Unity can load texture and mesh data from disk and upload it to the GPU in two different ways: synchronously or asynchronously. These two processes are called the synchronous upload pipeline and the asynchronous upload pipeline.
When Unity uses the synchronous upload pipeline, it cannot perform other tasks while it loads and uploads the data. This can cause visible pauses in your application. When Unity uses the asynchronous upload pipeline, it can perform other tasks while it loads and uploads the data in the background.
If a texture or mesh is eligible for the asynchronous upload pipeline, Unity uses the asynchronous upload pipeline automatically. If a texture or mesh is ineligible for the asynchronous upload pipeline, Unity uses the synchronous upload pipeline automatically.
The main difference between the synchronous and asynchronous upload pipelines is where Unity saves the data at build time, which affects how Unity loads it at runtime.
In the synchronous upload pipeline, Unity must load both the metadata (header data) and the texel or vertex data (binary data) for the texture or mesh in a single frame. In the asynchronous upload pipeline, Unity must load only the header data in a single frame, and it can stream the binary data to the GPU over subsequent frames.
In the synchronous upload pipeline:
In the asynchronous upload pipeline:
A texture is eligible for the asynchronous upload pipeline if the following conditions are met:
Note that if you load a texture using
LoadImage(byte data), this forces Unity to use the synchronous upload pipeline, even if the above conditions are met.
A mesh is eligible for the asynchronous upload pipeline if the following conditions are met:
In all other circumstances, Unity loads textures and meshes synchronously.
You can use the Profiler or another profiling tool to identify when Unity is using the asynchronous upload pipeline, by observing thread activity and profiler markers.
The following indicate that Unity is using the asynchronous upload pipeline to upload textures or meshes:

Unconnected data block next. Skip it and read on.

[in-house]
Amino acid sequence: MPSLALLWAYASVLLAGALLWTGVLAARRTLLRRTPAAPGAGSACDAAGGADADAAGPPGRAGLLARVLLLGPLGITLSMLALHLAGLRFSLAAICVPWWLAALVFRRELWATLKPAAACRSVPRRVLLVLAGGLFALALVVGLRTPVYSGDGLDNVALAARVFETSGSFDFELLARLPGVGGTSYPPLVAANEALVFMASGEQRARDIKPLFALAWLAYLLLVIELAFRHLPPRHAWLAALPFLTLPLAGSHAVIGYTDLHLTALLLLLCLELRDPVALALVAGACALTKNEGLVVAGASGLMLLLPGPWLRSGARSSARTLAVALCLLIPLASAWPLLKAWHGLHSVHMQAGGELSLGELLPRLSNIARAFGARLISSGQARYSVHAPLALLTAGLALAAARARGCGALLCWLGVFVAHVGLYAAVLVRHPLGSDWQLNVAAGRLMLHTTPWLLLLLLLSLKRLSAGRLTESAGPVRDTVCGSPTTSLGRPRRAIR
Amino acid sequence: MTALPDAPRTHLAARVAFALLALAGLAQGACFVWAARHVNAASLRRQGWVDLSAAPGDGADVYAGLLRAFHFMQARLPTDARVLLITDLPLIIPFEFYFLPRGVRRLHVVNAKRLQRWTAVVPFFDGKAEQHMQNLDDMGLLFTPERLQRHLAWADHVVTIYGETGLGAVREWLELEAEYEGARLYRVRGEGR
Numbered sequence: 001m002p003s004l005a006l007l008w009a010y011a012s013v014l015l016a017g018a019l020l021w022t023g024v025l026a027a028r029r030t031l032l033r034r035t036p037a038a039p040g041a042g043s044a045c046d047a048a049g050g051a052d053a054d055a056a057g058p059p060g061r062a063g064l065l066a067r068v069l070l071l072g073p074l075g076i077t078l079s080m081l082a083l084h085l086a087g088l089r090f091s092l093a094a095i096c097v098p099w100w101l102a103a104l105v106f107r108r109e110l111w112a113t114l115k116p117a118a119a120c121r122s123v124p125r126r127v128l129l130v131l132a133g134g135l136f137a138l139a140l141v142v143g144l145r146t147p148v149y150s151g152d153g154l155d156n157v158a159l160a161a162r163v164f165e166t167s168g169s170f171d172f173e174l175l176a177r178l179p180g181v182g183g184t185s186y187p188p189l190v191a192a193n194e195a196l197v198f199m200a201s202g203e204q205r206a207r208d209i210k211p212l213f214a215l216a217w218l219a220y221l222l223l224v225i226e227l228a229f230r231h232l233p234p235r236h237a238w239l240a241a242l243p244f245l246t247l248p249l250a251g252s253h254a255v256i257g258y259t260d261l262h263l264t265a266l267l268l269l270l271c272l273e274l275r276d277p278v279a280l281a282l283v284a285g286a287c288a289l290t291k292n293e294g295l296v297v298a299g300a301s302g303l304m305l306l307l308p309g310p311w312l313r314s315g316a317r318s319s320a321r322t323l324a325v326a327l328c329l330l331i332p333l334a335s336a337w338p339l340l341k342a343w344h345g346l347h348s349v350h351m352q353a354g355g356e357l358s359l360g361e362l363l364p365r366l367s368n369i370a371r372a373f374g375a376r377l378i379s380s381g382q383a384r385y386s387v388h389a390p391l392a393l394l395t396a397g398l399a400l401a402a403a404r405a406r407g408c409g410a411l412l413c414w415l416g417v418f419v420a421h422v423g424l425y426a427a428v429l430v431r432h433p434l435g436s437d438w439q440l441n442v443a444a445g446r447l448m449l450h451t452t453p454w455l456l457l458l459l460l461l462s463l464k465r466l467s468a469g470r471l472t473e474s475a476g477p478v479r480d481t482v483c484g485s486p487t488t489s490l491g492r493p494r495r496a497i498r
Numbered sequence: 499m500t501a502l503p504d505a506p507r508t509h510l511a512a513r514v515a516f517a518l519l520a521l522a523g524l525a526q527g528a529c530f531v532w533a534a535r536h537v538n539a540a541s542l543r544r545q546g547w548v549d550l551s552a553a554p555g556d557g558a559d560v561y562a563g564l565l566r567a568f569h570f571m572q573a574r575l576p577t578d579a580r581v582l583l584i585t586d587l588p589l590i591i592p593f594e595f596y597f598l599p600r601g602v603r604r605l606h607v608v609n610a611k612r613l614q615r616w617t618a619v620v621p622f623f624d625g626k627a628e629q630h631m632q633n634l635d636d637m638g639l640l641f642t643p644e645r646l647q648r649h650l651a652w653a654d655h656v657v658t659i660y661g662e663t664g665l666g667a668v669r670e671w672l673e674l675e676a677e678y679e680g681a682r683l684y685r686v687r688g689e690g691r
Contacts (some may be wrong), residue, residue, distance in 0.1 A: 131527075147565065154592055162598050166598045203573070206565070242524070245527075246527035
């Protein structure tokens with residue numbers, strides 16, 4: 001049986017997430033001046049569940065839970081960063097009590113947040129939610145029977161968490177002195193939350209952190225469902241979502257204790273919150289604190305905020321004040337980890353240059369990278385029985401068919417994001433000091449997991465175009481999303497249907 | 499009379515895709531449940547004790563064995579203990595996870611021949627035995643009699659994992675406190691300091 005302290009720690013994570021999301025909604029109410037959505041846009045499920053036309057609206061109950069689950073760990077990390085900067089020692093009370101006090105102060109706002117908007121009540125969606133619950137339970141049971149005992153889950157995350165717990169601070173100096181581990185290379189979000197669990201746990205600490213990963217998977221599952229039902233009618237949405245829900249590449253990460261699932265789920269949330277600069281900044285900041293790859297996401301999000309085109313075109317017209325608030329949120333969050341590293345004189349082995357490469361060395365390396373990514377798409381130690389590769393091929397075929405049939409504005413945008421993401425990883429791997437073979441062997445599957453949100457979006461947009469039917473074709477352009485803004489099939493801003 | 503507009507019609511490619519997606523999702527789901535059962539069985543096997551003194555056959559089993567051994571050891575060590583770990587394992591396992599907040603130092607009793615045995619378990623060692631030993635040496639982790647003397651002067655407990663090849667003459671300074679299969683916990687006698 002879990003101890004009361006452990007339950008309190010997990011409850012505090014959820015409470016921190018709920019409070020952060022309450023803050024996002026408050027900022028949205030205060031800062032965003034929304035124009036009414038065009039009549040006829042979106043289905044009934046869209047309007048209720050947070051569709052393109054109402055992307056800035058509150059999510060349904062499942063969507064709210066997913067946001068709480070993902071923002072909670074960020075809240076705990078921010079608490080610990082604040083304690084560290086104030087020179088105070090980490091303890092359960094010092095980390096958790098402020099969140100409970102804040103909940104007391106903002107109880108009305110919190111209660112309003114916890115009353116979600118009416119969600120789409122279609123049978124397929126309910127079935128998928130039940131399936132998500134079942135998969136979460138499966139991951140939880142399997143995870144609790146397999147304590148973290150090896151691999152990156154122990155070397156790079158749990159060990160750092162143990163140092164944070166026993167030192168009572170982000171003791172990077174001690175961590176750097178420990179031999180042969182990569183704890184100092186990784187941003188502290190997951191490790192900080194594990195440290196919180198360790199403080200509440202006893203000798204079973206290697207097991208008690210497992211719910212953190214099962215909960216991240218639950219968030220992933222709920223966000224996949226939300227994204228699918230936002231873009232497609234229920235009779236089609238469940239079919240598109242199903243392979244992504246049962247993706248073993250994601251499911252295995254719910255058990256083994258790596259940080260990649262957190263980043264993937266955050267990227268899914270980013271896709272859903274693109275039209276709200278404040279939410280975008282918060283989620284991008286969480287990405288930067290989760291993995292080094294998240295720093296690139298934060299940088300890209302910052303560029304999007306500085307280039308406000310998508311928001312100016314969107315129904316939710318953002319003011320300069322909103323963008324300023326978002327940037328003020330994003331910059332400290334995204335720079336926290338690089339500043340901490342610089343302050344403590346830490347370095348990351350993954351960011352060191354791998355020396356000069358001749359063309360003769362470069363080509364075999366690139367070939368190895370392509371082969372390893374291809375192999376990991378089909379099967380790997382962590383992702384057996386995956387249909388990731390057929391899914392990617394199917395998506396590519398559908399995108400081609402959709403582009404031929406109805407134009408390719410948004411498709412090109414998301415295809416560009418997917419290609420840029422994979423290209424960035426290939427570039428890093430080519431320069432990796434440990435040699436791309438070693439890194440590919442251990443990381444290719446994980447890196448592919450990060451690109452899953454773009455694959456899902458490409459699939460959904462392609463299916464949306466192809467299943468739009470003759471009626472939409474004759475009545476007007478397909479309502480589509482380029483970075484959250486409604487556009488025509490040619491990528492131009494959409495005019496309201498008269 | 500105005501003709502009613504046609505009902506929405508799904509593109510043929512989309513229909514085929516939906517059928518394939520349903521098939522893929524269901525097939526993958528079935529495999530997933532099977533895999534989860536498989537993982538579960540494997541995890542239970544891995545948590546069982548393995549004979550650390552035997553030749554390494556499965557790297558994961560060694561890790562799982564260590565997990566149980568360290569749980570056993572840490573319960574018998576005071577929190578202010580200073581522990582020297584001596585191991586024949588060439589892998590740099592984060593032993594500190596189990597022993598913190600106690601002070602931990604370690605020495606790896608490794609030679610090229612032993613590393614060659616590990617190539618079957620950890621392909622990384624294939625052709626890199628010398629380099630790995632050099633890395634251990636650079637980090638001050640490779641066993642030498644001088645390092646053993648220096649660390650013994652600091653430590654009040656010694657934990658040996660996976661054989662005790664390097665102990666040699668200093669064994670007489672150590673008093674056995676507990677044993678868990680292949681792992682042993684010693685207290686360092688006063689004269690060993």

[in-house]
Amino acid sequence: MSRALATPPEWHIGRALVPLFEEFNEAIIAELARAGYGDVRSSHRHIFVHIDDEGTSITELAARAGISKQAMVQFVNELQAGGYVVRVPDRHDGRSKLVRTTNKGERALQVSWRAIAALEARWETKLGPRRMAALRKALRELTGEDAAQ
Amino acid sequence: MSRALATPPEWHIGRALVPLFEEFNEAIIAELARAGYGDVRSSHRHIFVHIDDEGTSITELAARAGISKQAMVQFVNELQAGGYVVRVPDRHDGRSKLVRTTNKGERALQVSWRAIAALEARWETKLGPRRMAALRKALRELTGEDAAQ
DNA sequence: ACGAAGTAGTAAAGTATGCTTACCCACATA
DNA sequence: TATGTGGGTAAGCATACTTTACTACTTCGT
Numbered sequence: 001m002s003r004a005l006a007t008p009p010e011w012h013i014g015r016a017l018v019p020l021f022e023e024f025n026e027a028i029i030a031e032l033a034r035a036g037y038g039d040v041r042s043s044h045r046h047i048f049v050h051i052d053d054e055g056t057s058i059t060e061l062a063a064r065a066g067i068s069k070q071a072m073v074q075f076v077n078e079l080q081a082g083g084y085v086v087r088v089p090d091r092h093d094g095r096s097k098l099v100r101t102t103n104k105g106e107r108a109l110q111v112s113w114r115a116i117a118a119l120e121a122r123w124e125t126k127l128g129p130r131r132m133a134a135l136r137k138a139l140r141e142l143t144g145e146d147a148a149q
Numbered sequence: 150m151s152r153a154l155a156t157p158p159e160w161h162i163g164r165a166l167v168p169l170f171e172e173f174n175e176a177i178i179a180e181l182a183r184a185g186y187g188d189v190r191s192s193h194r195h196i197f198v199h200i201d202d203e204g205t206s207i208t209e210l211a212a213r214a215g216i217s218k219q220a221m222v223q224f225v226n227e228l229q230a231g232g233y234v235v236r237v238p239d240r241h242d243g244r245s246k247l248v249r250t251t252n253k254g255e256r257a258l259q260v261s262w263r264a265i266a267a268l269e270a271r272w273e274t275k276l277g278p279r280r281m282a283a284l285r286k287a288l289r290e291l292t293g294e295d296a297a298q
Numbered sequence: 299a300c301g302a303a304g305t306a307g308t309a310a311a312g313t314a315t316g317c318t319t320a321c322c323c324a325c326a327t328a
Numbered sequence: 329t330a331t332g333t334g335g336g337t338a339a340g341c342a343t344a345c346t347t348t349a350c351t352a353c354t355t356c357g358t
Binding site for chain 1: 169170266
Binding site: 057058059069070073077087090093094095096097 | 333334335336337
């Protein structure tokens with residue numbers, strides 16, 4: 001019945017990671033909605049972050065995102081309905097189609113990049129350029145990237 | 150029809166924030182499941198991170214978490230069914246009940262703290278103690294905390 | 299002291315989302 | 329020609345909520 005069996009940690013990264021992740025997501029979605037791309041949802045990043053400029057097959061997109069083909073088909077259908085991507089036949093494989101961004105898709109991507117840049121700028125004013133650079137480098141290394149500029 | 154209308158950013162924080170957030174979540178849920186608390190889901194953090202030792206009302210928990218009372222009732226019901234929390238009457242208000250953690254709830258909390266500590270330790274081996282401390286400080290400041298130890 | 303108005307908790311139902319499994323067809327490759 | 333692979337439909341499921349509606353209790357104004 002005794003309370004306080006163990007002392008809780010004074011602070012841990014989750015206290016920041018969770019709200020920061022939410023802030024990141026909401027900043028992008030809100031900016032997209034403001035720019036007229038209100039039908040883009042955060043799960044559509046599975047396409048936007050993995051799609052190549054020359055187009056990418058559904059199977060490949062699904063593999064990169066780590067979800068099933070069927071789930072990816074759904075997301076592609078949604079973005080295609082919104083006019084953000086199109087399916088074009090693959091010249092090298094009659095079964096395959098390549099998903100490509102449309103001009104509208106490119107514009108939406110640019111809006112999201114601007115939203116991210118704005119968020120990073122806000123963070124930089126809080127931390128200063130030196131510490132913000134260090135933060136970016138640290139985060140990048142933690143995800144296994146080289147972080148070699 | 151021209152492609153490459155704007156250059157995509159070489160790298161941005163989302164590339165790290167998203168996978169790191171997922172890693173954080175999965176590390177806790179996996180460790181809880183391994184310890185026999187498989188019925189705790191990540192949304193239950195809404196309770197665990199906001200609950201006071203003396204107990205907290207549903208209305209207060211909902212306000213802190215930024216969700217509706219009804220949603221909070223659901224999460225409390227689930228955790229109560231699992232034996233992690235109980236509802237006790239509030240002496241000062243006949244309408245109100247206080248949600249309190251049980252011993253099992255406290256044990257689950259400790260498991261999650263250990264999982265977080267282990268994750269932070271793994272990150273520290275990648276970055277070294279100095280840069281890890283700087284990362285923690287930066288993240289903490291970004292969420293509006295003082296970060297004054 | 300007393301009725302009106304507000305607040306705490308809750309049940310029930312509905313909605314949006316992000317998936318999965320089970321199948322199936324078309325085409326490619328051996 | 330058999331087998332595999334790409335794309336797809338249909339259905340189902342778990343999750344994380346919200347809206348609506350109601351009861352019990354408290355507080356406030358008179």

If you do not see this activity, then Unity is not using the asynchronous upload pipeline.
Note that the following profiler markers do not indicate that Unity is using the asynchronous upload pipeline; Unity calls them to check whether any asynchronous upload work needs to occur:
You can configure these settings for the asynchronous upload pipeline. Note that you cannot configure settings for the synchronous upload pipeline.
Unity re-uses a single ring buffer to stream texture and mesh data to the GPU. This reduces the number of memory allocations required.
The Async Upload Buffer determines the size of this ring buffer in megabytes. It has a minimum size of 2, and a maximum size of 512.
Unity automatically resizes the buffer to fit the largest texture or mesh that is currently loading. This can be a slow operation, especially if Unity has to perform it more than once; for example, if you are loading many textures that are larger than the default buffer size. To reduce the number of times that Unity must resize the buffer, set this value to fit the largest value that you expect to load. This is usually the largest texture in the Scene.
You can configure this value in the Quality settings window, or using the QualitySettings.asyncUploadBufferSize API.
Async Upload Time Slice is the amount of time the CPU spends uploading texture or mesh data to the GPU, in milliseconds per frame.
A larger value means the data will be ready on the GPU sooner, but the CPU will spend more time on upload operations during those frames. Note that Unity only uses this time for uploading if there is data waiting in the buffer to be uploaded to the GPU; if there is no data waiting, Unity can use this time for other operations.
You can configure this value in the Quality settings window, or using the QualitySettings.asyncUploadTimeSlice API.
For more information on uploading texture and mesh data asynchronously, see the Unity blog post Optimizing loading performance: Understanding the Async Upload Pipeline.